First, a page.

Autoimmune disorders are quite prevalent, and one of the most common is lupus. Medical professionals define lupus as a chronic autoimmune disease that affects the body in many different ways. It can damage the joints, skin and internal organs. It also makes the body prone to the harmful effects of foreign elements, which is why people with lupus must be consistently watchful of their health.

Lupus is also called the “great imitator” because its symptoms are rather similar to those of  other diseases. Due to this, it usually takes some time before it can be clearly established that a person has this disease and not something else.

Symptoms of lupus flare up when a person’s immunity weakens.

Different Types of Lupus and Their Symptoms

There are five different types of lupus:

 1. Systemic lupus erythematosus or SLE

This is the most prevalent type of lupus and its common symptoms are:

  • Frequent slight fevers
  • Weight loss due to lack of appetite
  • Muscle and joint pains
  • Fatigue
  • Nausea
  • Hair loss
  • Butterfly rash
  • Photosensitivity
  • Chest pains

2. Discoid lupus erythematosus

This manifests through a terrible skin rash that will not go away even with dermatological treatments. This rash appears red, crusty and inflamed, causing scarring, hair loss and changes in the skin’s pigment.

3. Subacute cutaneous lupus erythematosus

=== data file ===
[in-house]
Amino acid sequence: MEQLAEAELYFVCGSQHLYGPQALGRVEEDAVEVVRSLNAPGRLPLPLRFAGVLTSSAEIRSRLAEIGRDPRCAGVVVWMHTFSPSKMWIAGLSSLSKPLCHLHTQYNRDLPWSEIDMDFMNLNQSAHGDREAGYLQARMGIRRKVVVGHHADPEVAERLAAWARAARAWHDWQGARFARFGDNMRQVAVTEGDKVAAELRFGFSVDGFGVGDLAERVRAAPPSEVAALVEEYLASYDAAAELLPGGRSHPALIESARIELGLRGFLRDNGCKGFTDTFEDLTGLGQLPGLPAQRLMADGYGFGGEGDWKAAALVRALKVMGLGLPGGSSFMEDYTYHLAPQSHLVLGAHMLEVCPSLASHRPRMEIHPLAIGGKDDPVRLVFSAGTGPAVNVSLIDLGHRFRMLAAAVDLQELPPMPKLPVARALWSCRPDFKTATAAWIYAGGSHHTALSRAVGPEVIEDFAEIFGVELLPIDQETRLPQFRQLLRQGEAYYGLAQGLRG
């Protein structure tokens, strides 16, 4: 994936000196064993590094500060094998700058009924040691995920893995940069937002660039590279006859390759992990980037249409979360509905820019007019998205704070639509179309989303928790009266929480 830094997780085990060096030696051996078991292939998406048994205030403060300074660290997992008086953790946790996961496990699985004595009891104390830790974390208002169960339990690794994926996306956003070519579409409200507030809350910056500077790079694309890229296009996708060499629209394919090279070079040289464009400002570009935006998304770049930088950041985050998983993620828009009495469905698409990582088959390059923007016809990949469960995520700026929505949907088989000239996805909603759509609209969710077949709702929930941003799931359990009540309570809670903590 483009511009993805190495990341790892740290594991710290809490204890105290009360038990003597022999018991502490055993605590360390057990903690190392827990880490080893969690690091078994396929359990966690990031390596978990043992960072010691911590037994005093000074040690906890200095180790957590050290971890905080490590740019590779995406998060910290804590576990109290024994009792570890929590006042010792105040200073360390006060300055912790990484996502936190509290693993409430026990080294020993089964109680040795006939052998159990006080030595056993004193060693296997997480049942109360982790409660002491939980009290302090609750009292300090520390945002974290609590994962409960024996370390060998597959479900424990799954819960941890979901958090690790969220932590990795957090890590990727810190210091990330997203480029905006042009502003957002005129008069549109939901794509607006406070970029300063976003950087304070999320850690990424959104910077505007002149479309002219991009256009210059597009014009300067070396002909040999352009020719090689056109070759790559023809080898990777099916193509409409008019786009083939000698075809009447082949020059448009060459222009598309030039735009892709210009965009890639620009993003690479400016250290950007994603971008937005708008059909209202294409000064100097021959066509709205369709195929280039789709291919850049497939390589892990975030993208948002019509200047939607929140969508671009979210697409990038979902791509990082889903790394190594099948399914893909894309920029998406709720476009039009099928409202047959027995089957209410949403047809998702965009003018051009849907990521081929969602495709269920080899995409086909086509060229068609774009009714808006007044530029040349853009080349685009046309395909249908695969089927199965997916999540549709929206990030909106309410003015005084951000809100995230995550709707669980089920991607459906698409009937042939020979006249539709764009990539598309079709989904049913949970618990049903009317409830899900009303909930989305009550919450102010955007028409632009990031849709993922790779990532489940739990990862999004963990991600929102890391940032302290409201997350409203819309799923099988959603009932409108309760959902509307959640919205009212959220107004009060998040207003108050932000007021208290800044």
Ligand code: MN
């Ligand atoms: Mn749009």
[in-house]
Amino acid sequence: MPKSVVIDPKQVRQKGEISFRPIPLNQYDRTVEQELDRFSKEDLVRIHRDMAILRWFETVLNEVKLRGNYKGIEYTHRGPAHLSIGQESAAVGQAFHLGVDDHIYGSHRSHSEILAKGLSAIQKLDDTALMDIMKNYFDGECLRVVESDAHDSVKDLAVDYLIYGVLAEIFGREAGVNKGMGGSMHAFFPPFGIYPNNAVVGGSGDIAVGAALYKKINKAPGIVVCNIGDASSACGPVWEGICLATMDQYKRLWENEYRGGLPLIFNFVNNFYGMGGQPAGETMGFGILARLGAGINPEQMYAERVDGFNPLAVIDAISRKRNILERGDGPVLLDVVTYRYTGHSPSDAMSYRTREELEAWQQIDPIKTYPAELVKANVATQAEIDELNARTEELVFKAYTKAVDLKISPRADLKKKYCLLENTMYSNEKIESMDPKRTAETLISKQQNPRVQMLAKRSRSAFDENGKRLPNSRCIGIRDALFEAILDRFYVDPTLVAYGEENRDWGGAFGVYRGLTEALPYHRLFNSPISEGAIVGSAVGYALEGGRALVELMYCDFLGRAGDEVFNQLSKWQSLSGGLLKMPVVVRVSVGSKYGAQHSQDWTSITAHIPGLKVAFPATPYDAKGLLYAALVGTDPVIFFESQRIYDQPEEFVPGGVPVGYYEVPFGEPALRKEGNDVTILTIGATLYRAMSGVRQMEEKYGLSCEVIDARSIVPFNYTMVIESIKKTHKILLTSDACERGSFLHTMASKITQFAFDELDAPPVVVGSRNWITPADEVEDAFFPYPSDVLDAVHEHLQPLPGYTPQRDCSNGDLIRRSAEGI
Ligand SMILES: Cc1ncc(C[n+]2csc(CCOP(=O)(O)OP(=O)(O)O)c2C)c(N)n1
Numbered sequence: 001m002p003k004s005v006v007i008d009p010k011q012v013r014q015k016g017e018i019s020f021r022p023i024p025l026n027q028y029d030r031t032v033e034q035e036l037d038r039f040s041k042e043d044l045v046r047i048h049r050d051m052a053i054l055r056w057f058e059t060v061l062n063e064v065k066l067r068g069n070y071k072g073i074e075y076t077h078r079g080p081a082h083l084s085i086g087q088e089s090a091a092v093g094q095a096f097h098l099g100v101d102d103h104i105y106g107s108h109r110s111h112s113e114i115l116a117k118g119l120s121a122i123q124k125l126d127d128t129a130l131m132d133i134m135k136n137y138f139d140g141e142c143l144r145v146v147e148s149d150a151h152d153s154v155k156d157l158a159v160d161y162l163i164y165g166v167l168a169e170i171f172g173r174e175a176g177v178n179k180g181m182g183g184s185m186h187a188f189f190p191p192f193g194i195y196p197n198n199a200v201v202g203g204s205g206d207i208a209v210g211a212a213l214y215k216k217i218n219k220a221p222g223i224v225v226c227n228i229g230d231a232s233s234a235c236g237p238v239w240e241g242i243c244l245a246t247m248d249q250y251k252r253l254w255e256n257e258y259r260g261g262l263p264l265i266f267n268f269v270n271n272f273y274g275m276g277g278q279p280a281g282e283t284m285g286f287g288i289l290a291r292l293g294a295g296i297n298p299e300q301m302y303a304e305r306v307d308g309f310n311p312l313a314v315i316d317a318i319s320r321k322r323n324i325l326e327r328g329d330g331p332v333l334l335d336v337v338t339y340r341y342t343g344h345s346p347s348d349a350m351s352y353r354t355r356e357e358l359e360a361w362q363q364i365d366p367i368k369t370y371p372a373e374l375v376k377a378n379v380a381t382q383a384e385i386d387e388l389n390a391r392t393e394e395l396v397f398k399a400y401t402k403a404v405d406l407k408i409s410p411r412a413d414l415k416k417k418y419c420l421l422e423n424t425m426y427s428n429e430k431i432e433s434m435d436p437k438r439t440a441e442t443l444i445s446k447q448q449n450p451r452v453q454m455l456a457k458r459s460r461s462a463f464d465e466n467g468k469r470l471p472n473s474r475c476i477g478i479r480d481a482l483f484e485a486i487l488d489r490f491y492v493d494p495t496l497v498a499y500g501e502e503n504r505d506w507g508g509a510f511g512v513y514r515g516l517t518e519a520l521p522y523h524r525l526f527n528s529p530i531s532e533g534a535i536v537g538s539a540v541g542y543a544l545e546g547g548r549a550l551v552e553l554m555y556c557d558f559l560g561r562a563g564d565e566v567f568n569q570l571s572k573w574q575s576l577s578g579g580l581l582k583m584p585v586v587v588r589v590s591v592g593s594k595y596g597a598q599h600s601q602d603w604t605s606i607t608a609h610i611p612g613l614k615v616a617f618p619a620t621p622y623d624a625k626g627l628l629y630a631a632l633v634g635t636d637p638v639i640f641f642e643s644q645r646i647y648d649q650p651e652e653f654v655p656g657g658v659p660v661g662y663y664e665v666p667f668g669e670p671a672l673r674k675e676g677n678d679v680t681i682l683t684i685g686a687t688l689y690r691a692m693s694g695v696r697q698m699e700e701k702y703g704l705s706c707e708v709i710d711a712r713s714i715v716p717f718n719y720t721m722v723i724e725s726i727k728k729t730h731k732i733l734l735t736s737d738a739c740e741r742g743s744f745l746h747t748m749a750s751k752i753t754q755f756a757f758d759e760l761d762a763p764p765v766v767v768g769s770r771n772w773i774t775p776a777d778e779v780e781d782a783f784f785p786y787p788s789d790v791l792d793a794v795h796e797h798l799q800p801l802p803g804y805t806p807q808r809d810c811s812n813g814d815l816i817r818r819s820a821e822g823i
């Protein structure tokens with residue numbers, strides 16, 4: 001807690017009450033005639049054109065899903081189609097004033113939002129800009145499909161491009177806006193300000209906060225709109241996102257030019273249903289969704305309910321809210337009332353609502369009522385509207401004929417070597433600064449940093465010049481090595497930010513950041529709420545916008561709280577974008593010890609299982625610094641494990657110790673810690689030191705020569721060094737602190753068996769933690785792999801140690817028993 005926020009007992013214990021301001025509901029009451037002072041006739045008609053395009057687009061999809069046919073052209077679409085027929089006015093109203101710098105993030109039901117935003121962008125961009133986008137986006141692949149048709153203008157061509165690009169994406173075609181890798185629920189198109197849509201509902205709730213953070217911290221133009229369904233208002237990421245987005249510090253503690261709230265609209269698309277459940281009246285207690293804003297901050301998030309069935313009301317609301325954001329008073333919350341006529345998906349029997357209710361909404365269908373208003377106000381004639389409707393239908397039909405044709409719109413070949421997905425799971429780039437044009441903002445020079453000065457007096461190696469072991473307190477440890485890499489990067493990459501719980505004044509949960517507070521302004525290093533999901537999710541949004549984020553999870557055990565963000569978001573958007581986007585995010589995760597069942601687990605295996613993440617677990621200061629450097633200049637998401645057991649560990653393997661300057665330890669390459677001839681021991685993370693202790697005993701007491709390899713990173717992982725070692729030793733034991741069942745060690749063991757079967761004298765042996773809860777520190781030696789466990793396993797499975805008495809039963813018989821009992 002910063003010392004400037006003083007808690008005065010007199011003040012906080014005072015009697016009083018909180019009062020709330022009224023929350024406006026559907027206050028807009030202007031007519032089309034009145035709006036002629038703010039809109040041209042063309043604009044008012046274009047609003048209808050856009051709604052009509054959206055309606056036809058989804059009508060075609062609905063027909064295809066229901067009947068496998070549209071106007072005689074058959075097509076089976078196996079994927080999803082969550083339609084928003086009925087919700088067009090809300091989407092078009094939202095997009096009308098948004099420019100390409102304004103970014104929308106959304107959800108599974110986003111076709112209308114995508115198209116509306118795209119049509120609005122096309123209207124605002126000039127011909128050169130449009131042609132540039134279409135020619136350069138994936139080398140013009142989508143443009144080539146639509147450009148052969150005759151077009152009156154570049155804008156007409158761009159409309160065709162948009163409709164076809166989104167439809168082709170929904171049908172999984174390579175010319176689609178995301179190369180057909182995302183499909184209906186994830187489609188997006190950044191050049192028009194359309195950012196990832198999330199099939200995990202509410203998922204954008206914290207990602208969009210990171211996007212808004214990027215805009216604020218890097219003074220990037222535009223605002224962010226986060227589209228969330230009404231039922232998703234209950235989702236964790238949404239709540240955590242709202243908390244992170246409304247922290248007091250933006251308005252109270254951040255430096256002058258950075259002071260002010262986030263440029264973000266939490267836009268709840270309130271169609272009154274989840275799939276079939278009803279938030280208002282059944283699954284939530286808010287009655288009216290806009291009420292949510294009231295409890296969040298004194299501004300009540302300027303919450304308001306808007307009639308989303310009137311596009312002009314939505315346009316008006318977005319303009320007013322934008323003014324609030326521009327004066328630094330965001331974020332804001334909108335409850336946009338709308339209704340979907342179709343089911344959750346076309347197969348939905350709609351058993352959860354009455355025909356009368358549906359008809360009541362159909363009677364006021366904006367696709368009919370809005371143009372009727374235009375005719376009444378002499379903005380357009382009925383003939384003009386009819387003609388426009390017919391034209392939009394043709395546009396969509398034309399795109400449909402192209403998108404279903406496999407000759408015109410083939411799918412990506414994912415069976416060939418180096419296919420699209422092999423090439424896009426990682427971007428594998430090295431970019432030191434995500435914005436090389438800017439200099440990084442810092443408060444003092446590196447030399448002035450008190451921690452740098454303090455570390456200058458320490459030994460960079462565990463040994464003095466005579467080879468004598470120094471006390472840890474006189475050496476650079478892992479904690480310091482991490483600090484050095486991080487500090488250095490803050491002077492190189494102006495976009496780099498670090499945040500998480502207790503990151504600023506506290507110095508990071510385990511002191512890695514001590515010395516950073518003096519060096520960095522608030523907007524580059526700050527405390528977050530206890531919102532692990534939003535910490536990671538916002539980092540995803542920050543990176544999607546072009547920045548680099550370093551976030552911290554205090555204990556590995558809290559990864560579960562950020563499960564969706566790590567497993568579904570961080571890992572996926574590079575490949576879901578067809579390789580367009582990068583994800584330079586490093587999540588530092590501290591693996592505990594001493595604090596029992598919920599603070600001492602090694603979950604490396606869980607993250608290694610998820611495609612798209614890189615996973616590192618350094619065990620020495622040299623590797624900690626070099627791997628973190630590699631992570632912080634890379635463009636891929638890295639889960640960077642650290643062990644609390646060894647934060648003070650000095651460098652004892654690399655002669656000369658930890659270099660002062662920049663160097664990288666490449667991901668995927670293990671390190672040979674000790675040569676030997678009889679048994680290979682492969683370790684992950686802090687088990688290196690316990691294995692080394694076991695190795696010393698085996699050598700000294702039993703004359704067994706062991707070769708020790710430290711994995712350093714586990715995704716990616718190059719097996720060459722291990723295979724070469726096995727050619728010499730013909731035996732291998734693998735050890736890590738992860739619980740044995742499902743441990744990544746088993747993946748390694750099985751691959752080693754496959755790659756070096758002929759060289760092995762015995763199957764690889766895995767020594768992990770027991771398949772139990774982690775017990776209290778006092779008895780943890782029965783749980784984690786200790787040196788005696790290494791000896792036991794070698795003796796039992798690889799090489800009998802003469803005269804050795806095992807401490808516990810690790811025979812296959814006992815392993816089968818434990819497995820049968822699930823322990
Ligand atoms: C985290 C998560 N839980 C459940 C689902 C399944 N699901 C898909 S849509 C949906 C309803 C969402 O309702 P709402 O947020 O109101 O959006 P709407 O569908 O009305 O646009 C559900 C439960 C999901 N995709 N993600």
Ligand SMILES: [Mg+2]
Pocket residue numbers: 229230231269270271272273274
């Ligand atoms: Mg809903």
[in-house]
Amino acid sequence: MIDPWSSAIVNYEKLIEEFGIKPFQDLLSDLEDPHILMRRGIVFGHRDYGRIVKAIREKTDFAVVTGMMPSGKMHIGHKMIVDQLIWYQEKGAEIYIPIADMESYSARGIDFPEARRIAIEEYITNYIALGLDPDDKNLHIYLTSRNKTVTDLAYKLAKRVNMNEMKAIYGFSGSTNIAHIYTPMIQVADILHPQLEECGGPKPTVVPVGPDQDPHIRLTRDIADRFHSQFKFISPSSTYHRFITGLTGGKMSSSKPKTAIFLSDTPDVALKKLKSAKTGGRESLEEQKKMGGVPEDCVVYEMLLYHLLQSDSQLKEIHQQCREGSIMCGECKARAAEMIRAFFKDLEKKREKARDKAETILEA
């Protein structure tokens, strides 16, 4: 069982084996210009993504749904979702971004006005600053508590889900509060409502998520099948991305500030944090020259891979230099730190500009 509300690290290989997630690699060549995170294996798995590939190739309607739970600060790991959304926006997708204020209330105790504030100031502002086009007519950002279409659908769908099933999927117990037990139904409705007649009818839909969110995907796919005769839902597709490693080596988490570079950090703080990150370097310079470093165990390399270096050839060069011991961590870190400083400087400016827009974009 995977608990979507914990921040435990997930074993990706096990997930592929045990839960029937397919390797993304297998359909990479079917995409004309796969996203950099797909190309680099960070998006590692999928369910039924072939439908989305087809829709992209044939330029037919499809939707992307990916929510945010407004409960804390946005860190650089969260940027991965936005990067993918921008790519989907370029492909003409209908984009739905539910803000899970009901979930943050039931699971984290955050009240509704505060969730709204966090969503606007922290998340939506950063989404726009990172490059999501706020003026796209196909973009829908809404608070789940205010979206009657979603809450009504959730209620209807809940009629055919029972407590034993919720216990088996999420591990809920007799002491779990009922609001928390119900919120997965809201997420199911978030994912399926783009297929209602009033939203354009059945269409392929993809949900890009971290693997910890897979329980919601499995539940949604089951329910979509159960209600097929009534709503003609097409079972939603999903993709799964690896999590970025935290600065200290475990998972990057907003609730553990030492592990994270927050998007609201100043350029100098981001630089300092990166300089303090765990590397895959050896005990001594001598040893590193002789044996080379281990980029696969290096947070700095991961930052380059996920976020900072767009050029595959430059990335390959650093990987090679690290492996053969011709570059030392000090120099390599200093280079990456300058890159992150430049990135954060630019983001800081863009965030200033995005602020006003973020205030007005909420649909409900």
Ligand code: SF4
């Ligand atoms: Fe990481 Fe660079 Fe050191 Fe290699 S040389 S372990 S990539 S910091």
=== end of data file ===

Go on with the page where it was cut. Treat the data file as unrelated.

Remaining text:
This type of lupus causes the development of skin sores on areas of the body exposed to the sun. Because of this, it is often misdiagnosed as skin cancer.

 4. Neonatal lupus

This kind of lupus affects newborns and it manifests primarily through cutaneous lupus lesions and/or a congenital heart block.

 5. Drug-induced lupus

This can be caused by certain medicines. The most common drugs known to lead to drug-induced lupus are Isoniazid, Hydralazine and Procainamide.

Other symptoms of the disease that sufferers experience are anxiety, depression and panic attacks.

Causes of Lupus

There is no known real cause of lupus, but medical researchers believe that there are people who are more prone to developing this disease than others.

However, viral infections, taking certain medicines (as mentioned above), stress and even frequent exposure to sunlight are known to prompt the flare-up of the disease.

It is important to know though that certain triggers do not affect all people with lupus the same way, which is why it is often tricky to round up the causes or triggers of the disease.

How to Control the Discomforts of Lupus

When it comes to autoimmune diseases, the best defenses are usually the most practical solutions. They yield positive effects on their own, but at the same time, enhance the effects of other lupus treatments such as medication and chemotherapy.

Since it is the immune system’s job to protect the body, it is imperative to strengthen it and make it more efficient in managing lupus. The following lifestyle changes are all practical solutions, but they are highly recommended by medical professionals in boosting the immune system and controlling the effects of lupus.

1. Improve diet

Generally, a well-balanced diet helps, but to make it even more effective in helping people with lupus develop energy and strength, including anti-inflammatory foods is a must.

Fatty fish, lean meats, fruits and vegetables rich in vitamin C and manganese should be present in every meal.

Herbs and spices can do wonders as well. Turmeric is a great anti-inflammatory ingredient, along with olive oil, beets, blueberries, chia seeds and virgin coconut oil (VCO).